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impacted negatively depending on whether the group articulating nationalism is marginalized, whether society is focused on resentment or developing a self-generated identity. As further stated by Brown, nationalism can sometimes emerge in the form of propagating intolerance and violence. However, it can also emerge in a liberal form in terms of advocating for equality for all citizens of a given state. In Europe, nationalism as a bad force is evident through the reawakening of European nationalisms. For instance, in the East, the communist integration has collapsed thus leaving former Soviet states in ruins because of conflicts created by different political ideologist. Conversely, the West has failed to embrace rationalism and modernity because different nation-states are not willing to give up their sovereignty.
According to Spencer and Wollman, “almost every country in the world, both men and women are reaffirming their political, ethnic and religious identity”. As a result of the affirmation of particular identities there is often the temptation to seek a common denominators and this has led to violent conflicts such as the Serb, Croat and Muslim communities in Bosnia or between Catholics and Protestants in Northern Ireland. In essence, where nationalism is not advocating for a common goal or agenda, then, it is counterproductive for a nation-state. It can be divisive depending on how the state serves the interests of citizens with different ethnic, political and cultural backgrounds. On the other hand, the elite in the society can use the notion of nationalism to serve their own interest. For instance, nationalism is used to wage war with other neighboring countries as a way of annexing more territory, for instance. This has been the case in the former Soviet bloc where Russian Federation is attempting to claim former territories as evident in Ukraine, for example.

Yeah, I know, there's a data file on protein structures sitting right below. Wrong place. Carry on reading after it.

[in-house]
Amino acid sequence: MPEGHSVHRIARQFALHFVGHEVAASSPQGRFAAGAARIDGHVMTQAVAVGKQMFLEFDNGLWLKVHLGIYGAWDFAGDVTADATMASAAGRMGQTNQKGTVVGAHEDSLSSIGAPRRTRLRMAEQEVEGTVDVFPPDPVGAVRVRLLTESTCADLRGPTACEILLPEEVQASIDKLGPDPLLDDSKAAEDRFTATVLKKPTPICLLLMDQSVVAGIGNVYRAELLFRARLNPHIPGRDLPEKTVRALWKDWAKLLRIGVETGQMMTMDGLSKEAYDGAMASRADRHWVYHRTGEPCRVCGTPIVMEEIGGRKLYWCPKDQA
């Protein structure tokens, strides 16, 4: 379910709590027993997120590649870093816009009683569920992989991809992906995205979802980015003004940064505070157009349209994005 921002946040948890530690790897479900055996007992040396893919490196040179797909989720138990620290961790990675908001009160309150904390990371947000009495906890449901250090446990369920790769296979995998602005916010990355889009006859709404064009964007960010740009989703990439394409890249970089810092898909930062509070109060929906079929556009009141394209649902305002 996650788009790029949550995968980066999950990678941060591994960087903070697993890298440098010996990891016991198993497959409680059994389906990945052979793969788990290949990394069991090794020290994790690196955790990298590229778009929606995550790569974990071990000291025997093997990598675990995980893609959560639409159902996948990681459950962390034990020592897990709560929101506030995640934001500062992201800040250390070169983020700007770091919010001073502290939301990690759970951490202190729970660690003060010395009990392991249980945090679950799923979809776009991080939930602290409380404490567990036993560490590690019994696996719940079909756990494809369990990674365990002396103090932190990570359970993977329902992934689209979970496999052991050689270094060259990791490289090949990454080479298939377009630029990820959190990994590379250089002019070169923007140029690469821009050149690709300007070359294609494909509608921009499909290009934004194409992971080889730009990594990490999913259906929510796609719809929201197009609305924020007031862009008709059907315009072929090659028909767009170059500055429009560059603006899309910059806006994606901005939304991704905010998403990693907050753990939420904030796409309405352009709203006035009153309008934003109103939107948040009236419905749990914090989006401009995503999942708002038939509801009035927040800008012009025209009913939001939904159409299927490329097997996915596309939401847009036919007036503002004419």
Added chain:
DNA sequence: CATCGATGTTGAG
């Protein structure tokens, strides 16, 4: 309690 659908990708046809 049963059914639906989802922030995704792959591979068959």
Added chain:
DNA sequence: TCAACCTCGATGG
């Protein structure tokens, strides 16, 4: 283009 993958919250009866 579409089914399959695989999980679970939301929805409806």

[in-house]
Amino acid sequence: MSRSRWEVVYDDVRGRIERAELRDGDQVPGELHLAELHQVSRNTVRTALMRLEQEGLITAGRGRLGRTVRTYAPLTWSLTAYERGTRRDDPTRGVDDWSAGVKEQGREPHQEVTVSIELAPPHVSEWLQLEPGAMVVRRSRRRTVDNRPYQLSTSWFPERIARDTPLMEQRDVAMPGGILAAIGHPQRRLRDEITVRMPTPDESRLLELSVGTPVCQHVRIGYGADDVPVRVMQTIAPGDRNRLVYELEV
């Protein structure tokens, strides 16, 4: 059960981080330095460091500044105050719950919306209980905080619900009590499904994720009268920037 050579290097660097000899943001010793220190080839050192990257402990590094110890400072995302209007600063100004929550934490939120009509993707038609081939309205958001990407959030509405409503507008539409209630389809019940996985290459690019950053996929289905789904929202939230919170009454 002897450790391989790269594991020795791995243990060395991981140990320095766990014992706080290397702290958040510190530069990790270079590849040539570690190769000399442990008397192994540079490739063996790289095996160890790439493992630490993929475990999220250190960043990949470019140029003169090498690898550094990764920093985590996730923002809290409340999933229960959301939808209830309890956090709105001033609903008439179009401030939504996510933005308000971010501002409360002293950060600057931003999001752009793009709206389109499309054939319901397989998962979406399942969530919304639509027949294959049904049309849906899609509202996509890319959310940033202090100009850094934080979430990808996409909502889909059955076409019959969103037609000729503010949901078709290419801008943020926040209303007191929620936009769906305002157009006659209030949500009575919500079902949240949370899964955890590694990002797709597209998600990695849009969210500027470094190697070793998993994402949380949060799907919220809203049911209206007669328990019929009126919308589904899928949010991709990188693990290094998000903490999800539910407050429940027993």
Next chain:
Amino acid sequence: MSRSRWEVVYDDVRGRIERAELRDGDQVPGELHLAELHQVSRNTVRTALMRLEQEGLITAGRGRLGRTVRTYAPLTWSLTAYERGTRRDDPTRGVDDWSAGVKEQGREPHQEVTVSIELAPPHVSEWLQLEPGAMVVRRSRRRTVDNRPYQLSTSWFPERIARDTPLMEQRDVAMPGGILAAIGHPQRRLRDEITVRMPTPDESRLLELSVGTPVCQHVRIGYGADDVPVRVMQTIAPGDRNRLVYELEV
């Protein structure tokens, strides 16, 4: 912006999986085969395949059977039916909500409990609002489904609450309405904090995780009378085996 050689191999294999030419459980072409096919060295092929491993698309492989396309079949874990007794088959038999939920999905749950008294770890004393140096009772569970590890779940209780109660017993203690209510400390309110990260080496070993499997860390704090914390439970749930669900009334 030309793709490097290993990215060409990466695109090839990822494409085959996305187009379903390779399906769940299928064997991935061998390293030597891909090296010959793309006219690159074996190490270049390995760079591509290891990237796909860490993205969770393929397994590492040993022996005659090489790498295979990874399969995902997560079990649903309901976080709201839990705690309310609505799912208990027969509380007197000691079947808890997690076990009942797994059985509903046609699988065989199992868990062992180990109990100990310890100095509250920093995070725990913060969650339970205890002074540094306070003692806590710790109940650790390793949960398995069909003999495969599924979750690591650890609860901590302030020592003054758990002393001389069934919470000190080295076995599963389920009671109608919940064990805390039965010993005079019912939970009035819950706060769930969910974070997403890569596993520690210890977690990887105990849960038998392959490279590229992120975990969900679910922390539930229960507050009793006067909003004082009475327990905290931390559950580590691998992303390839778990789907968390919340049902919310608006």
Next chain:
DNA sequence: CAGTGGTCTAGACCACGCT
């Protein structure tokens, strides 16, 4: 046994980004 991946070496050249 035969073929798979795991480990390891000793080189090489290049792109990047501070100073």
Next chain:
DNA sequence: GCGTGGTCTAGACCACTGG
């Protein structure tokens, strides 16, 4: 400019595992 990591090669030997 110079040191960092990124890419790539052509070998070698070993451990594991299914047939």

Nationalism can be good or bad depending on the ideology that it advances, and as such, a progressive nationalism requires inclusivity. In essence, inclusivity enhances patriotisms since citizens with different political, cultural and ethnic background share a common goal. However, nationalism can also be used to promote personal interest at the expense of other people within a nation-state. This is particularly evident among the political elite who use nationalism to influence decisions of citizens to favor their political agenda.
Brown, D. Are there Good and Bad Nationalisms: A critique of dualism. Nations and
Nationalism, Vol. 5, no. 2, 1999, pp. 281-301.
Beissinger, M.R. The Reawakening of European Nationalisms. Social Research, Vol. 63, no.1,
1996, p. 97-146.
Rupnik, J. Are there Good or Bad Nationalisms. Social Research, Vol. 63, no. 2, 1996, pp. 41-75
Spencer, P. & Wollman, H. How Nationalisms Spread: Eastern Europe Adrift the Tides and
Cycles of Nationalist Contention. Journal of Political Ideologies, Vol. 3, no. 3, 1998, p. 255.
 MR Beissinger. The Reawakening of European Nationalisms. Social Research, Vol. 63, no.1, 1996, p. 99.
 J Rupnik. Are there Good or Bad Nationalisms. Social Research, Vol. 63, no. 2, 1996, p. 45.
 Ibid., 61.
 D Brown. Are the Good and Bad Nationalisms: A critique of dualism. Nations and Nationalism, Vol. 5, no. 2,
1999, p. 283.
 Ibid., 289.
 P Spencer. & H Wollman. How Nationalisms Spread: Eastern Europe Adrift the Tides and Cycles of Nationalist
Contention. Journal of Political Ideologies, Vol. 3, no. 3, 1998, p. 255.
 Ibid., 255.
 M.R. Beissinger. The Reawakening of European Nationalisms. Social Research, Vol. 63, no.1, 1996, p. 121.